I remember specifically thinking this several years ago after an extensive interview process to work in leadership development for MGM in Las Vegas.
I had been in leadership at UNLV but felt the time had come for a change. I stumbled upon the MGM job, applied, and was eventually offered a position.
Throughout the process I felt conflicted about whether or not I would take it but it wasn’t until I had the offer in hand that I knew it was a bad fit.
Upon further reflection, the environment wasn’t aligned with what I was looking for, I would be teaching someone else’s curriculum, and I wasn’t confident that the department was really much of a priority for the organization.
I declined the offer and instantly thought, “What a waste of time!”
Here’s the thing: Two months later when I was deciding whether or not to accept an offer to work for Rice University I relied heavily on my MGM experience as a point of comparison. What did Rice offer that was different than MGM?
The environment was different, I would have more curricular autonomy, and the energy around leadership development was high. I accepted the job.
In other words, MGM served a purpose. It helped me clarify my values, strengths, and especially my ideal environment for thriving. I was able to compare the two opportunities which gave me more confidence in my Rice decision.
No application process is ever really a waste of time. Each helps you clarify who you are and what you care about. By their nature, application processes are set up to test and challenge you.In times of testing, we get clear about who we really are.
I used to give this advice often to students at Rice: If you feel, even remotely, like you might want to apply for something, DO IT. Don’t ever preemptively disqualify yourself from a job without at least throwing your name in the hat.
The greatest thing you get from an application may not be an offer at all.
If people aren’t following, leadership techniques aren’t working, and you aren’t getting the results you need as a leader, it’s likely because of your gap.
Every leader has a gap between who they think they are and who others think they are.
The larger your gap, the less your influence.
I tell myself a story every day when I look in the mirror:
I’m likable, charismatic, and committed. I drive to work thinking I’m a good manager, in control, and on the right path. And yet, each person I come in contact with may have a very different story about me. And guess what? Perception is reality, so what they perceive is true for them, regardless of what I think about myself.
The longer I allow that gap to persist, the less I’m able to lead people effectively.
You have two options for shrinking the gap:
1. Self-discovery. As you reflect on who you are and how you may come across you will gain insight that will shrink your blind spot and improve your social awareness.
Try this: Immediately following your next meeting, take 3 minutes to consider 1) how you think you came across and 2) your non-verbals and what they may have communicated. Strive for objectivity. If you were observing yourself in a meeting, what would you see?
2. Observation and feedback. Nothing can take the place of someone else’s unfiltered, honest feedback. As they reflect back to you how you may come across you can gain clarity on areas to improve and close the gap.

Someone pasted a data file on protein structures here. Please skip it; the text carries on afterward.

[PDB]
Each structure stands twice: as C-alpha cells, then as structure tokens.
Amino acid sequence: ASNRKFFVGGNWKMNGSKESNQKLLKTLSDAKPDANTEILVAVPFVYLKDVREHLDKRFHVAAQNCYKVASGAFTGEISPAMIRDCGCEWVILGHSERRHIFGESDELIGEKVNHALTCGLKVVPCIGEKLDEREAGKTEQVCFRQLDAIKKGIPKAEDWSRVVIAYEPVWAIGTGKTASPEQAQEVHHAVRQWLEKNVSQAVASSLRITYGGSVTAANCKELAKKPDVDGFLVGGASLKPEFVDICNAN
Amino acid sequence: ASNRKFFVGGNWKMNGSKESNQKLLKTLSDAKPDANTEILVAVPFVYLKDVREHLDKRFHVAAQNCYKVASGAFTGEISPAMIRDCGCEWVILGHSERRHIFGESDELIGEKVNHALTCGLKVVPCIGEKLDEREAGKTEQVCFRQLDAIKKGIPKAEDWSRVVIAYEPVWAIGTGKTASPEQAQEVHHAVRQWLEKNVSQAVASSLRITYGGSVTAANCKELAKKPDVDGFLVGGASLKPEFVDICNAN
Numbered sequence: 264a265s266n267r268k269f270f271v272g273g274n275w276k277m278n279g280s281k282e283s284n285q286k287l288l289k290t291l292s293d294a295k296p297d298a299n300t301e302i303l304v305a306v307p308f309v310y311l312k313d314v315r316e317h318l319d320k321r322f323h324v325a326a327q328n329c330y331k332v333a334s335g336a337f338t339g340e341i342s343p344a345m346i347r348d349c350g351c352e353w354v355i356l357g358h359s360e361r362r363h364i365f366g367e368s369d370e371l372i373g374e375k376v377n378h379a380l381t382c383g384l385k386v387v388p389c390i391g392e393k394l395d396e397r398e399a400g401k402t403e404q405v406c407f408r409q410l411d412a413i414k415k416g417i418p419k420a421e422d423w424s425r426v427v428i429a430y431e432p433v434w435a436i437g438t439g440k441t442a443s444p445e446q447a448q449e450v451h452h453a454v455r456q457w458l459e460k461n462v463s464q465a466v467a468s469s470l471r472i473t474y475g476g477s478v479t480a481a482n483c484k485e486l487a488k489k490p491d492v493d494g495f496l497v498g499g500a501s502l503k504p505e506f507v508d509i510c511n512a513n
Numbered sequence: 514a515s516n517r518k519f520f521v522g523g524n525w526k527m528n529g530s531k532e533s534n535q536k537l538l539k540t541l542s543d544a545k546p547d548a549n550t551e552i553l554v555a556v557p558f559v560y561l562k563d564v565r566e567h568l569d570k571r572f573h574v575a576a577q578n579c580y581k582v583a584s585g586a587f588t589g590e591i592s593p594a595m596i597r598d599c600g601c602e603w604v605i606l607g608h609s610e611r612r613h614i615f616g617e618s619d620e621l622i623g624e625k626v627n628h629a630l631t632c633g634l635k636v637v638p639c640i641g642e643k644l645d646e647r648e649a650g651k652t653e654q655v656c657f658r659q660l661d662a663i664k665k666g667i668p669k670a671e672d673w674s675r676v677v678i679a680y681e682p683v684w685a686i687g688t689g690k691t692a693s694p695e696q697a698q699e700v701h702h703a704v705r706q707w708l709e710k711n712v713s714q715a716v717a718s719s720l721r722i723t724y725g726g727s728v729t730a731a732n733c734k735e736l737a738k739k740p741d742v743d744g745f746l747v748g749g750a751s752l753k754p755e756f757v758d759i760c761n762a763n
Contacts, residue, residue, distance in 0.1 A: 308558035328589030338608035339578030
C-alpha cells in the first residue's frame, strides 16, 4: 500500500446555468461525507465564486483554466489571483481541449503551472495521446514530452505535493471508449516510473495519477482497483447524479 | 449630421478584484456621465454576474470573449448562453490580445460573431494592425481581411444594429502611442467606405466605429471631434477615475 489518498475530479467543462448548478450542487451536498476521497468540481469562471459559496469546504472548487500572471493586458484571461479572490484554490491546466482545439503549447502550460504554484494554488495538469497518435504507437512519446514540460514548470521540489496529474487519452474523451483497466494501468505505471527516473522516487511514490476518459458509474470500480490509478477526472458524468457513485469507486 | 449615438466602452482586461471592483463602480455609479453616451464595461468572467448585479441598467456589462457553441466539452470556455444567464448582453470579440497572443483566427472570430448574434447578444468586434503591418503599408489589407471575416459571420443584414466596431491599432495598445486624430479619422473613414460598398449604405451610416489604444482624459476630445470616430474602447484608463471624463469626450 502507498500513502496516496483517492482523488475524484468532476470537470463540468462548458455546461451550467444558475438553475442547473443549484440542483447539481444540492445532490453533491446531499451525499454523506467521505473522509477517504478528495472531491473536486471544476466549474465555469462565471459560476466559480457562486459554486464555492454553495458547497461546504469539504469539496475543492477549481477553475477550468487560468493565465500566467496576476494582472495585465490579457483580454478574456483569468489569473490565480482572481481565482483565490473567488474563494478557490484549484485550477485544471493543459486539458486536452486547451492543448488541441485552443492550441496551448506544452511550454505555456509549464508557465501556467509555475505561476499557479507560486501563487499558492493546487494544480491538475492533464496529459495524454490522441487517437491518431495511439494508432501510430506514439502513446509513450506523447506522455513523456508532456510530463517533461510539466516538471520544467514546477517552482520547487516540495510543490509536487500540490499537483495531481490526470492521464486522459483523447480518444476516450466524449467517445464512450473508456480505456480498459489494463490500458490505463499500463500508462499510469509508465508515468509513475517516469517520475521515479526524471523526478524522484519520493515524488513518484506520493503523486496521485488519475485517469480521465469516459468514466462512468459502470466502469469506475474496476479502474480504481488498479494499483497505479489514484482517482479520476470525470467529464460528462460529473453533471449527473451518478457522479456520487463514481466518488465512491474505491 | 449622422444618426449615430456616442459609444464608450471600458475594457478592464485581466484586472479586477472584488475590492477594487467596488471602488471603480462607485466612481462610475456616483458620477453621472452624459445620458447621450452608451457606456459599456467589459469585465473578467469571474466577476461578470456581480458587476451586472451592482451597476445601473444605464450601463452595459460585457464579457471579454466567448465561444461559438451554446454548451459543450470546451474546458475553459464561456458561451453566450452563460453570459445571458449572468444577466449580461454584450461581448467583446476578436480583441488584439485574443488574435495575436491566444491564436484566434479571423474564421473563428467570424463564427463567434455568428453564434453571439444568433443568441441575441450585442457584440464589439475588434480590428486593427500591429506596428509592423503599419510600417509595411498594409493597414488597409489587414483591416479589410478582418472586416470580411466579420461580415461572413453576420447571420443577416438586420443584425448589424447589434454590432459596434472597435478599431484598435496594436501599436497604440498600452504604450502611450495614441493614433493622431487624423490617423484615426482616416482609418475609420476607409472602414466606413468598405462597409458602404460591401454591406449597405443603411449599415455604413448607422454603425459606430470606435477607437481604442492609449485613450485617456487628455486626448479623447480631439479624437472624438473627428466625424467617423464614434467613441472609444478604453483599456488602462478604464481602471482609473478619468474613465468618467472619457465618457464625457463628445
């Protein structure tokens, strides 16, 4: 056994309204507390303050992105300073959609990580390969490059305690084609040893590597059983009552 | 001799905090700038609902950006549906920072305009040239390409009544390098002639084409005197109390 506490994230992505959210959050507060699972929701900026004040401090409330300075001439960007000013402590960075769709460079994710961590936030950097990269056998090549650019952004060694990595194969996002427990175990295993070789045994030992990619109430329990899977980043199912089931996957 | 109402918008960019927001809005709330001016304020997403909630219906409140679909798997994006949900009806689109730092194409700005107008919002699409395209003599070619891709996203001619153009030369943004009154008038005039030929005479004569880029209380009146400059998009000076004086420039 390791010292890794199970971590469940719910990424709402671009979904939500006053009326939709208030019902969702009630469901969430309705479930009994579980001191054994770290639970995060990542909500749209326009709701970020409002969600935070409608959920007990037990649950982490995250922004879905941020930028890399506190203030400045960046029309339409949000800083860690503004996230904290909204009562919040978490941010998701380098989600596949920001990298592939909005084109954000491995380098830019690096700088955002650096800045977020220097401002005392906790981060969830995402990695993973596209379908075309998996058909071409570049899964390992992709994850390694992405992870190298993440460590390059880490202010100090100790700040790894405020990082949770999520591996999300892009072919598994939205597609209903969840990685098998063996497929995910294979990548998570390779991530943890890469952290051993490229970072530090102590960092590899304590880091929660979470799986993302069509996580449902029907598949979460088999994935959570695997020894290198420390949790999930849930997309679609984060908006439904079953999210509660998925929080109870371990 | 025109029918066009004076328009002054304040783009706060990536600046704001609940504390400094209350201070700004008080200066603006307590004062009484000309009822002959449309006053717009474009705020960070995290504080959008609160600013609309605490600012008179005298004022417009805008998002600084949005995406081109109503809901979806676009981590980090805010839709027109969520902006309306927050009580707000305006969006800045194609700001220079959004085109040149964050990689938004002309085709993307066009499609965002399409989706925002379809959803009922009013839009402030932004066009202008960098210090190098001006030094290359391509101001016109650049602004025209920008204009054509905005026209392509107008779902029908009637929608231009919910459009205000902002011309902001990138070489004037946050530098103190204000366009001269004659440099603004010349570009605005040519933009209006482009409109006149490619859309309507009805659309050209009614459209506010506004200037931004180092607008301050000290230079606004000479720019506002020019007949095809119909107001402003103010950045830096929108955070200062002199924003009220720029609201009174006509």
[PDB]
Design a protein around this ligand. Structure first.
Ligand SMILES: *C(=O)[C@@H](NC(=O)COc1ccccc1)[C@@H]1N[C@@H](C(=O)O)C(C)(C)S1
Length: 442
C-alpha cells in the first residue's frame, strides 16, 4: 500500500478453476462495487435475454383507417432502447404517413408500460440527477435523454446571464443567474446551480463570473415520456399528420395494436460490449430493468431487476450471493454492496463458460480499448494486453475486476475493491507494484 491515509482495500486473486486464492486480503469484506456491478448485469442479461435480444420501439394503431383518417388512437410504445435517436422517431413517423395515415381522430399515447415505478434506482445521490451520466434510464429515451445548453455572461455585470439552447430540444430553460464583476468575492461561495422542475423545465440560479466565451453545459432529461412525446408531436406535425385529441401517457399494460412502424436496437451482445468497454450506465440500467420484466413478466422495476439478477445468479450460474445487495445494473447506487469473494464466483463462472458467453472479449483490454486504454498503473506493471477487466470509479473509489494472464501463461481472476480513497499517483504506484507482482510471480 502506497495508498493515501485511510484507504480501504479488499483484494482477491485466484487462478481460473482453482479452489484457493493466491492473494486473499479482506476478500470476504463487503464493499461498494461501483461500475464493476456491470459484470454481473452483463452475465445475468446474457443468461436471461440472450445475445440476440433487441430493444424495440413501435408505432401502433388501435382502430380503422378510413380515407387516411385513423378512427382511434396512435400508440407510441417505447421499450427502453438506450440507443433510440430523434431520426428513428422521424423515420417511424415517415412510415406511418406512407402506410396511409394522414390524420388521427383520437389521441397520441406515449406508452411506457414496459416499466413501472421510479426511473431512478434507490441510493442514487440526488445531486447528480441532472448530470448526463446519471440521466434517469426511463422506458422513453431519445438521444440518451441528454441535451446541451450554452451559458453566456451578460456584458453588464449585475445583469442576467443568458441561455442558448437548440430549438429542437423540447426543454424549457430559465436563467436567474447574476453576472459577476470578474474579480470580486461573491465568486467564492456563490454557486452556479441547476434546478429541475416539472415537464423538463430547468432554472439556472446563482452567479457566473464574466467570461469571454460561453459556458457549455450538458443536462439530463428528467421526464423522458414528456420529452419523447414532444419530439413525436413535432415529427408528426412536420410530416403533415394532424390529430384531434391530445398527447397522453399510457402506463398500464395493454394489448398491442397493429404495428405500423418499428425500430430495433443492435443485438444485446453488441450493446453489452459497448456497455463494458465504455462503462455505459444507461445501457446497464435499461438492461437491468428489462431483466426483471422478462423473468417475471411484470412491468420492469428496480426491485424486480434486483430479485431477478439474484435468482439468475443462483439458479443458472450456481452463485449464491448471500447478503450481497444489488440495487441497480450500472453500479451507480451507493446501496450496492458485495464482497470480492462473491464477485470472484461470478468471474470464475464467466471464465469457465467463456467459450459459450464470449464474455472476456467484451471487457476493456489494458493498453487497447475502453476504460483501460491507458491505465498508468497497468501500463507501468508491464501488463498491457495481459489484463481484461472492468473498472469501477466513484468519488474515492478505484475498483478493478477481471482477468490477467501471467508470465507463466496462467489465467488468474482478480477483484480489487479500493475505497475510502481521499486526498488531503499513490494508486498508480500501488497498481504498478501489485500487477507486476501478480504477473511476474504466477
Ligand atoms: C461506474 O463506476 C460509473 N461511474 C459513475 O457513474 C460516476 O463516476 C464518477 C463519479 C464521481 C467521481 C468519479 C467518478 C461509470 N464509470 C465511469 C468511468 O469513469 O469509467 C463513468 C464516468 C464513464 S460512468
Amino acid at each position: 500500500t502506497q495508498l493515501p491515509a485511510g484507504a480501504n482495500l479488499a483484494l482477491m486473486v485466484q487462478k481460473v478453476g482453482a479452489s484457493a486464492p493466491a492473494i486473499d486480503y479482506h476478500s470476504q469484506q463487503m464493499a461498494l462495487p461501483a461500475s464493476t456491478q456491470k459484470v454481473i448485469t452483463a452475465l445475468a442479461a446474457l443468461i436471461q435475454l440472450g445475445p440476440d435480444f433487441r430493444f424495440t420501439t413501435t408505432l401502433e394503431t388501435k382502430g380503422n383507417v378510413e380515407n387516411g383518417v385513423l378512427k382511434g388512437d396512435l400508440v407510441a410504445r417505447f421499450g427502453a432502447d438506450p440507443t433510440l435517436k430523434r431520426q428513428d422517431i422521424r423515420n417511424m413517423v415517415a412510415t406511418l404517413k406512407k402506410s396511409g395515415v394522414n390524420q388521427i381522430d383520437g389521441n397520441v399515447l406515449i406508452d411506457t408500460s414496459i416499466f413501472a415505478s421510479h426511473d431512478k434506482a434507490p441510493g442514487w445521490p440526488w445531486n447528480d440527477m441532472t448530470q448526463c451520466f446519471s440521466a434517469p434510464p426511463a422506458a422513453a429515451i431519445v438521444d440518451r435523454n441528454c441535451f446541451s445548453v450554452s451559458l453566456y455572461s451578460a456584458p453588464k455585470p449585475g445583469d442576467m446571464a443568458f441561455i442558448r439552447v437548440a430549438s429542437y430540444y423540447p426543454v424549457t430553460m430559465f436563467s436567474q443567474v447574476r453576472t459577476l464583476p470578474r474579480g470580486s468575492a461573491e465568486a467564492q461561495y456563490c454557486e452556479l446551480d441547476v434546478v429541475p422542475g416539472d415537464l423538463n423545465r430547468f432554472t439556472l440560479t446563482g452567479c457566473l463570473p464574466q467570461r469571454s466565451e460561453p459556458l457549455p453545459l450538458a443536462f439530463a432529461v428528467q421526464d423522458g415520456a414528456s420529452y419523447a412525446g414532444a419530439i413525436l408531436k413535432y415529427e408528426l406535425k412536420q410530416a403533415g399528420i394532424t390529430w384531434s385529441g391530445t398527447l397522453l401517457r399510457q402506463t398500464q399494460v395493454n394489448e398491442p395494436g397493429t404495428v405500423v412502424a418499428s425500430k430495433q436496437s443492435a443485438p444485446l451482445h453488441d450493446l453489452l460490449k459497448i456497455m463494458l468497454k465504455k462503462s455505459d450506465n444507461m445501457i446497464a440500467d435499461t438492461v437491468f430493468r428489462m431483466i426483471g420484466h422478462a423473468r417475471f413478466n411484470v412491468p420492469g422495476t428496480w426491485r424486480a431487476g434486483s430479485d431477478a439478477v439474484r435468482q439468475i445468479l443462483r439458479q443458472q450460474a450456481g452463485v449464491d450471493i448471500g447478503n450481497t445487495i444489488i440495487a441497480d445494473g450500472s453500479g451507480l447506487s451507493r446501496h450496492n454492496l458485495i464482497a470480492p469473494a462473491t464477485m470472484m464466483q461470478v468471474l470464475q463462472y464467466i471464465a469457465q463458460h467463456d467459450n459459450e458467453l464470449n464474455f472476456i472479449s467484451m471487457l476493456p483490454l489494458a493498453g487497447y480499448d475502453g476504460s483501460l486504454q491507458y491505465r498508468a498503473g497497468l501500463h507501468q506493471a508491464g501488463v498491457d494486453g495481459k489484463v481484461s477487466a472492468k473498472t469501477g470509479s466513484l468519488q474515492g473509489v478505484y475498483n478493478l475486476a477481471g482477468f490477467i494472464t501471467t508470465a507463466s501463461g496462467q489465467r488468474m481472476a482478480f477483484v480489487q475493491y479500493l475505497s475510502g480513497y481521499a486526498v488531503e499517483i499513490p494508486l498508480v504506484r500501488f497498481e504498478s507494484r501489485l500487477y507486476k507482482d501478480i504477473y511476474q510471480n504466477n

Try this: Email three people you are close to and ask them to send you three adjectives to describe you. Then analyze the three words to determine 1) if they align with who you think you are and 2) if you like them. In other words, are you ok being identified in that way? If yes, then move on. If no, then figure out what you need to do to close the gap.
The gap won’t shrink on its own. Gap-shrinking takes diligent work. But the payoff is increased influence and results.
By the way, the larger the gap between who you are and what you do in your career, the less satisfaction you will experience. Fight the gap!
Are you satisfied in your work?
If yes, congrats. It’s likely because you’ve taken control.
If the answer is no, it’s one of three things:
1. Your values are misaligned. You care about things that your employer doesn’t seem to care about or believe things that your job description doesn’t value.
2. Your strengths are untapped. You do a lot of what you don’t do best everyday. In fact, you may actually be good at things that drain you and even praised for them. Meanwhile, what you actually do best lies dormant or underutilized.
3. Your environment is broken. You work in a physical space that is demotivating, or other factors such as your schedule and the amount of interaction you have are off.
Dissatisfaction from work stems from one or all of these three. Here’s the good news:
You control all three.
1. If your values are misaligned, you can have a conversation about it, insert your values more into your work, find opportunities outside of your work to tap your values, or change jobs. Step one, of course, is getting clear about what you value.
2. Missing strengths? First, identify them by tracking your energy. Energy always follows doing what you do best. Then backtrack the energy to identify the strength. Now learn more about it, add knowledge and skill to it, and do it more often.
3. Move! Do your work in a different space. Get up and interact. Find a quiet space and work. Change your scenery, the order that you do things in, and who you do what with.
You are in control. It’s not up to your manager or leader to create the perfect environment for you to thrive. It would be great if they did, but they generally don’t have the bandwidth.
You, on the other hand, can literally change your circumstances overnight.
Hi! I'm Dustin.
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